FAYETTEVILLE, Ark. — The University of Arkansas is searching for patterns in U.S. terrorism as part of federally-funded research.
The university’s Terrorism Research Center has begun the American Terrorism Study, a three-year project funded by a $716,000 National Institute of Justice grant. The study includes about 575 U.S. terrorism-related occurrences or planned occurrences that were never carried out, in addition to about 4,300 “precursor events,” the Arkansas Democrat-Gazette reported .
Researchers have been using statistical methods to find patterns on factors like distance traveled by plotters to target sites, said Grant Drawve, a data analyst and assistant professor in the university’s sociology and criminology department.
“If they’re choosing to go to a certain place, something for them has reasoning for that,” he said. “And can we find patterns across different incidents for that?”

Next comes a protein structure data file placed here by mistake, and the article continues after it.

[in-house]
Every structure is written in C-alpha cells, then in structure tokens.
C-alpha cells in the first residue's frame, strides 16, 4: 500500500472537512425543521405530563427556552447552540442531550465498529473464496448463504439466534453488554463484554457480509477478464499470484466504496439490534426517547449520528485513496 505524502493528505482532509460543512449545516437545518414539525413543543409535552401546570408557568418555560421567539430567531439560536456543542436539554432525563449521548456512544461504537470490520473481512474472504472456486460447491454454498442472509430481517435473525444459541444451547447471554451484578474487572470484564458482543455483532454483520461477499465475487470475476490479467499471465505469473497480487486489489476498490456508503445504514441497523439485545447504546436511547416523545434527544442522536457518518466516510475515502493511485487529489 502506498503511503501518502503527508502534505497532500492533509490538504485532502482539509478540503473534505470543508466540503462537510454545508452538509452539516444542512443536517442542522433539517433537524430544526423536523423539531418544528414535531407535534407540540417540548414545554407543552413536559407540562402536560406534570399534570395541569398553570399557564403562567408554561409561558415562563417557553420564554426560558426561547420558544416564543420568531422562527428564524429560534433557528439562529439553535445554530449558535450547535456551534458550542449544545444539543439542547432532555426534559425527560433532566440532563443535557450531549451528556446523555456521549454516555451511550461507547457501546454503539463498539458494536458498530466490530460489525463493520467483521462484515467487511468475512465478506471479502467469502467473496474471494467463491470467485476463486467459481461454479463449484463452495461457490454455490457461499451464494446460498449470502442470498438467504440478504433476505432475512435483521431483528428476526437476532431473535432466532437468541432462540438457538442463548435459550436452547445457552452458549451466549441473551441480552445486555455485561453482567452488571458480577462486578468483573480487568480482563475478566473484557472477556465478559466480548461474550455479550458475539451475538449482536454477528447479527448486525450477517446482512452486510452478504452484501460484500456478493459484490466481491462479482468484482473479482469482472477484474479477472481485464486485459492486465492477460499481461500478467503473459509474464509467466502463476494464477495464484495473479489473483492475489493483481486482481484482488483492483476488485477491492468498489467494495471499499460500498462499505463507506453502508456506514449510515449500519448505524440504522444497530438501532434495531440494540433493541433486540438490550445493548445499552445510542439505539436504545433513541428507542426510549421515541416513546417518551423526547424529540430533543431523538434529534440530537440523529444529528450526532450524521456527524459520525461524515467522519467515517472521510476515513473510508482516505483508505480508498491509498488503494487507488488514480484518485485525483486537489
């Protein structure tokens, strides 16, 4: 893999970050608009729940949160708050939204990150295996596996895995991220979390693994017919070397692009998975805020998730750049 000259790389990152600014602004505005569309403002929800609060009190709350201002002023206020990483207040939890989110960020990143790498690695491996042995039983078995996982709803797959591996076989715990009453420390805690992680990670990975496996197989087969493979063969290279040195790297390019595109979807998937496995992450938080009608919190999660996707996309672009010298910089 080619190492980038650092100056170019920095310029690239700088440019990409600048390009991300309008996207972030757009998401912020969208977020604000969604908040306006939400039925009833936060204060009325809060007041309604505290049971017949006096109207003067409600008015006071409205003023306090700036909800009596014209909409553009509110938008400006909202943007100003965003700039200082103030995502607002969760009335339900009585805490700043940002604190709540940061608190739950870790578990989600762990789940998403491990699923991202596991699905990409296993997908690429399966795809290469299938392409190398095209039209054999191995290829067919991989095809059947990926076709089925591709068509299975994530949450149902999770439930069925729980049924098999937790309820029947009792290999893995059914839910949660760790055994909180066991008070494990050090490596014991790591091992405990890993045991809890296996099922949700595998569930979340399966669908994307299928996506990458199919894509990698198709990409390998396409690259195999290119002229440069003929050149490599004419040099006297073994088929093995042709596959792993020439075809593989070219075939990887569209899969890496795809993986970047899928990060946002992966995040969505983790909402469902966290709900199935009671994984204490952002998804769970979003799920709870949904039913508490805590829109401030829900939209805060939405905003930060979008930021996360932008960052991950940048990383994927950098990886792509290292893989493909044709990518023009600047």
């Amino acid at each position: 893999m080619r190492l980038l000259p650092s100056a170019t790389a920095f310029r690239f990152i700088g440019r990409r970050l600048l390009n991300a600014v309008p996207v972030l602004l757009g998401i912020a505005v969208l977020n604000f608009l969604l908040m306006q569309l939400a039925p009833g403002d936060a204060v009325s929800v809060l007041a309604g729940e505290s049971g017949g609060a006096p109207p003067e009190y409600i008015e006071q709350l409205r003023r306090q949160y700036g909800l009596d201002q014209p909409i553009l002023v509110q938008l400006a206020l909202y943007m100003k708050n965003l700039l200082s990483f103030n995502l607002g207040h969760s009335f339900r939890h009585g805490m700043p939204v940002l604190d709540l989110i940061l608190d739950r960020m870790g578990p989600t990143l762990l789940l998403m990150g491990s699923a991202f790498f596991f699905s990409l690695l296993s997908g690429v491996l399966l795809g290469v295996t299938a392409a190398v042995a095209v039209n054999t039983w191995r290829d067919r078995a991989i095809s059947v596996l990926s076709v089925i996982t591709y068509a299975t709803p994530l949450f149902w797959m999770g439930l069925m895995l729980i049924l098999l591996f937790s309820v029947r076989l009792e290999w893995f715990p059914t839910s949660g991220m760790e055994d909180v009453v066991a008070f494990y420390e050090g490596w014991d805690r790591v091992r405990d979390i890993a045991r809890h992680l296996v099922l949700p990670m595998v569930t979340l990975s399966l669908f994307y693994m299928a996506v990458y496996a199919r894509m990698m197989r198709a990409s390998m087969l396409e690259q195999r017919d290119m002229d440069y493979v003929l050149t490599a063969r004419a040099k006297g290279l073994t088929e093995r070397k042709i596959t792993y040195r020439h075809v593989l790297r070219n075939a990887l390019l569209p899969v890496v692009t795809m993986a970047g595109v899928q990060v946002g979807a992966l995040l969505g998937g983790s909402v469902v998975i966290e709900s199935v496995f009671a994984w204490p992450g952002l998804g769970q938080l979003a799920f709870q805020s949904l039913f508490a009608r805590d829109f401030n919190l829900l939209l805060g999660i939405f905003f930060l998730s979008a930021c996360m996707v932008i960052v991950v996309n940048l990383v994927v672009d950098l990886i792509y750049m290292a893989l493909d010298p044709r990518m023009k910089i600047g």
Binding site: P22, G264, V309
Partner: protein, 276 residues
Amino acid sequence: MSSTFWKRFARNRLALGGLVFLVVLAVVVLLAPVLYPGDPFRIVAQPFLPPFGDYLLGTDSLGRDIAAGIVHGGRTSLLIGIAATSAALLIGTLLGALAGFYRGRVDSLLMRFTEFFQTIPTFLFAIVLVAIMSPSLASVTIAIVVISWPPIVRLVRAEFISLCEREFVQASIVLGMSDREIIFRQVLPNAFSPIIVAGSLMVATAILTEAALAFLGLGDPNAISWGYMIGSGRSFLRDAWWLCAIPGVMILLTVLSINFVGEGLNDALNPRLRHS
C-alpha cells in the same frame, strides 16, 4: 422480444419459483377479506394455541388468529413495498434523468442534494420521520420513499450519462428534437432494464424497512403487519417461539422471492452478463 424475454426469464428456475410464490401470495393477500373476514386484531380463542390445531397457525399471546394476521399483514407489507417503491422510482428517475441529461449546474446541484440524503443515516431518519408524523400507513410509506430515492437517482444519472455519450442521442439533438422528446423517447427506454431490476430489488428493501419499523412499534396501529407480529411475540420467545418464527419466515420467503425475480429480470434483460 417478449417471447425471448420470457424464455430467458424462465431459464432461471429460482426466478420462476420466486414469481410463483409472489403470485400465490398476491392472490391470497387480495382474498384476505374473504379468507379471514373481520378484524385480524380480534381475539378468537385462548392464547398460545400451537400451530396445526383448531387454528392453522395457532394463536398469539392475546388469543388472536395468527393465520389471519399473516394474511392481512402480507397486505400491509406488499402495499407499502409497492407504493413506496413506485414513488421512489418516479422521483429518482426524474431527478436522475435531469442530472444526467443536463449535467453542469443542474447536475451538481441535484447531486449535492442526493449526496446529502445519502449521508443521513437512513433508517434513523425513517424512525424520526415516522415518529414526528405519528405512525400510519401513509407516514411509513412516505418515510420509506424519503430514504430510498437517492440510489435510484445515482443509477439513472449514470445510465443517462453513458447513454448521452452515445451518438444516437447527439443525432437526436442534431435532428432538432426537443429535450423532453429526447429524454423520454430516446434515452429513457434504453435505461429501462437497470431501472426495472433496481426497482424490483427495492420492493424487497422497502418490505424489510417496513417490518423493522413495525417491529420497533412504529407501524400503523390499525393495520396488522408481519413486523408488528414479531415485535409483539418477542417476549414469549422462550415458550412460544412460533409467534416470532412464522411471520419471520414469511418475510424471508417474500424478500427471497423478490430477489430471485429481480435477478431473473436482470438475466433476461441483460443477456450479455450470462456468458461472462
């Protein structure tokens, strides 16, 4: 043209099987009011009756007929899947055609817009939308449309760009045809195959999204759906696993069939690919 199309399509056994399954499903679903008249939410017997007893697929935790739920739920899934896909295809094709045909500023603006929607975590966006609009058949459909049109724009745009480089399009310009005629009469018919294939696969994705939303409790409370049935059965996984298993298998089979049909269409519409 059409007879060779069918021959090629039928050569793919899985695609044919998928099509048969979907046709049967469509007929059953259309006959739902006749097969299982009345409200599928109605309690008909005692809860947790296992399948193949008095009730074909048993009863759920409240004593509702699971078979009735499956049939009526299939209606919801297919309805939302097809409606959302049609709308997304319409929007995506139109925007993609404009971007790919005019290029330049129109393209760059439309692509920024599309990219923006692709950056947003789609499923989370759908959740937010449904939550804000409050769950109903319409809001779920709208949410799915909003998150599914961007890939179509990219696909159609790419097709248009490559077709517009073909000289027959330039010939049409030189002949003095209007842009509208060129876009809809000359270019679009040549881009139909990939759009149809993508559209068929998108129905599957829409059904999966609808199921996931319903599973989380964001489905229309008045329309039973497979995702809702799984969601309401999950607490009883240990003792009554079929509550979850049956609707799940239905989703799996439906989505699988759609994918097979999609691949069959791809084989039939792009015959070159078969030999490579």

The data analysis method is called Risk Terrain Modeling, which Drawve said involves “trying to diagnose those physical features of the environment that correlate or relate to criminal activity.” Such features can include convenience stores, vacant lots, liquor stores or parks.
“What I like about RTM is that they ask ‘the why’ question of why crime might be occurring at a particular place and then offer solutions that try to fix the environmental risk factors that address the ‘why,’” said Andrew Ferguson, a professor at the University of the District of Columbia law school. “This is different than other predictive policing technologies that do not focus on understanding what the data is telling them.”
Drawve said researchers hope to eventually predict some attacks by developing a data-based model to map and find commonalities of terrorism in the U.S. He also said the study could help identify places and buildings that need the most protection.